A procedure that that is already being used for the treatment of some brain diseases is receiving increased attention as a possible treatment for Alzheimer’s disease. Called deep brain stimulation (DBS), an implanted neurostimulator delivers electrical signals that help regulate abnormal signals in the brain caused by the disease.
In the U.S., DBS is currently only approved for the treatment of Parkinson’s disease and essential tremor. But the potential for its use is expanding, with more researchers looking into the procedure for epilepsy, depression, bipolar disorder, and now, Alzheimer’s disease.
In a report that was publicized last year, a Canadian man who was diagnosed with early stage Alzheimer’s underwent the procedure about four years ago. The electrodes had been sending more than 100 impulses per second to the memory center in his brain. Four years after the device was implanted, the man’s brain scans showed that the areas in his brain where activity had been dying out before the stimulation were now lighting up with activity.
The stimulation seemed to be keeping the cognitive decline that is the hallmark of Alzheimer’s, at bay.
Recently, a report was released in the Journal of Neurosurgery on a Phase 2 U.S. study for the use of DBS for Alzheimer’s. Neurosurgeons at Barrow Neurological Institute in Phoenix found that the procedure was safe for Alzheimer’s patients.
Quoted on Medical News Today, Francisco Ponce, MD, Director of the Barrow Center for Neuromodulation* said:
"Previous pilot studies researching the use of DBS in Alzheimer’s have indicated the potential to slow cognitive decline in some patients, and have even shown metabolic changes in the brain that may slow the progression of the disease."
Also noted in the article is that DBS is now being studied in six hospitals across the U.S. Dr. Ponce indicates that “the next step is evaluating the efficacy and longer-term safety of the treatment, which will not be known until the last patient completes the two-year evaluation later this year.”
Ever since I read about the Canadian study showing improvement four years after DBS was begun, I have been hoping that the U.S. would quickly move forward with these studies. DBS could prove to be one method of intervening with the progressive destruction of Alzheimer’s disease that could be brought to market in a timely manner.
Learning the future of Alzheimer’s medication
There are currently well over a dozen drugs under clinical studies on various Alzheimer’s drugs. Most aggressively, is research for the anti-amyloid investigational drug, solanezumab. Researchers hope this medication can slow memory and cognitive decline in older individuals who do not yet show symptoms of cognitive impairment or dementia.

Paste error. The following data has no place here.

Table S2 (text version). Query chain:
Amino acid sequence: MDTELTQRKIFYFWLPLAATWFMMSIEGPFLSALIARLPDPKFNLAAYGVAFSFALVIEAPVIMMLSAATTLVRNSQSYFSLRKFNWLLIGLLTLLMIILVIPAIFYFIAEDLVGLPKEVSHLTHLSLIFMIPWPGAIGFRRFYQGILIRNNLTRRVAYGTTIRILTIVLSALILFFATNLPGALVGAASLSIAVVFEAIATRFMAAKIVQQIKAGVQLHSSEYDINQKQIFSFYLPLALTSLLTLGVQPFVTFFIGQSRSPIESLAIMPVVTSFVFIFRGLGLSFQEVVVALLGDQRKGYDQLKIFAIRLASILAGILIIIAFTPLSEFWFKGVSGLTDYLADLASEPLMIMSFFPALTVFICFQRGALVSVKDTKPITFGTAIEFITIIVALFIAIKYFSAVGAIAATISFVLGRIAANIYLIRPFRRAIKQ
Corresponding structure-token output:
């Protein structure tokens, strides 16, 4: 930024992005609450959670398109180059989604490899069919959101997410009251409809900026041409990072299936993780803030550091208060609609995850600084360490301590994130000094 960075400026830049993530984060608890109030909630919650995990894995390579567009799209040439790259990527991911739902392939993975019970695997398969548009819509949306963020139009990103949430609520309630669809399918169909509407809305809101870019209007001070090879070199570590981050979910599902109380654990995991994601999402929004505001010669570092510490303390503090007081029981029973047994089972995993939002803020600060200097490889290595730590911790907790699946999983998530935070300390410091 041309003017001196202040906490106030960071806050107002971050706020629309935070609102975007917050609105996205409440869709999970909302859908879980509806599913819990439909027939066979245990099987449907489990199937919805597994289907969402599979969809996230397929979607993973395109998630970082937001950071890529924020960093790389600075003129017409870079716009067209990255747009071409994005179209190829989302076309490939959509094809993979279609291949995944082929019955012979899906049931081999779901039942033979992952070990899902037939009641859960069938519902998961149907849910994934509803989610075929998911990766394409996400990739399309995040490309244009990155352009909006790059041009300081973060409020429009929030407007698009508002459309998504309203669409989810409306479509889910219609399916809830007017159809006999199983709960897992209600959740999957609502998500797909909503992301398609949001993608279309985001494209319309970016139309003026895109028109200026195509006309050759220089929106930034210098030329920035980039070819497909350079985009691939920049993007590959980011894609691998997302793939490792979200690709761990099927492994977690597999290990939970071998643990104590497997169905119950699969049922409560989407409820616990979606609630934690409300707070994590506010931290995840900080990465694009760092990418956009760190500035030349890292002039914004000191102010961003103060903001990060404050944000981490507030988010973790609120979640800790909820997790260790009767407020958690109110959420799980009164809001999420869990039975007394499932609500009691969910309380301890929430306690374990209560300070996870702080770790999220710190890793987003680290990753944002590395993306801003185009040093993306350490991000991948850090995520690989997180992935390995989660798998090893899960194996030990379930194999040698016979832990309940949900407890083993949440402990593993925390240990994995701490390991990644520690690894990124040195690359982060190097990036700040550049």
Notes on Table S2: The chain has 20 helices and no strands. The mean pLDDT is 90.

However, the availability of this drug, which must be started very early in the course of the disease, is still years off.
We can hope that solanezumab will prove to help enough people to consider the drug a significant step forward in preventing the disease or at least stopping the symptoms in early stages. However, it will likely be at least five years before solanezumab, or any other drug now being researched, is available.
Additionally, we’ve followed a significant number of clinical trials using what seemed like promising drugs only to see them fail in later trials. That is the nature of research. We learn from each stage.
Meanwhile, people already experiencing the effects of Alzheimer’s disease are left with little to do but try to stay healthy and plan for a time when their brain betrays them to a level most of us can’t imagine. Treatments that can be used later in the disease and may halt or even reverse some symptoms are the dream of these people and their families.
I’m hoping that clinical trials using DBS continue, and if they prove successful, the treatment will be expedited so that more people will have the opportunity to try this method sooner rather than later.
*Barrow Neurological Institute is part of Dignity Health St. Joseph’s Hospital in Phoenix.
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Carol Bradley Bursack is a veteran family caregiver having spent over two decades caring for a total of seven elders. She is a longtime newspaper columnist and the author of “Minding Our Elders: Caregivers Share Their Personal Stories,” as well as a contributor to several additional books on caregiving and dementia. Her websites can be accessed at www.mindingourelders.com. Follow Carol on Twitter @mindingourelder and on Facebook at Minding Our Elders.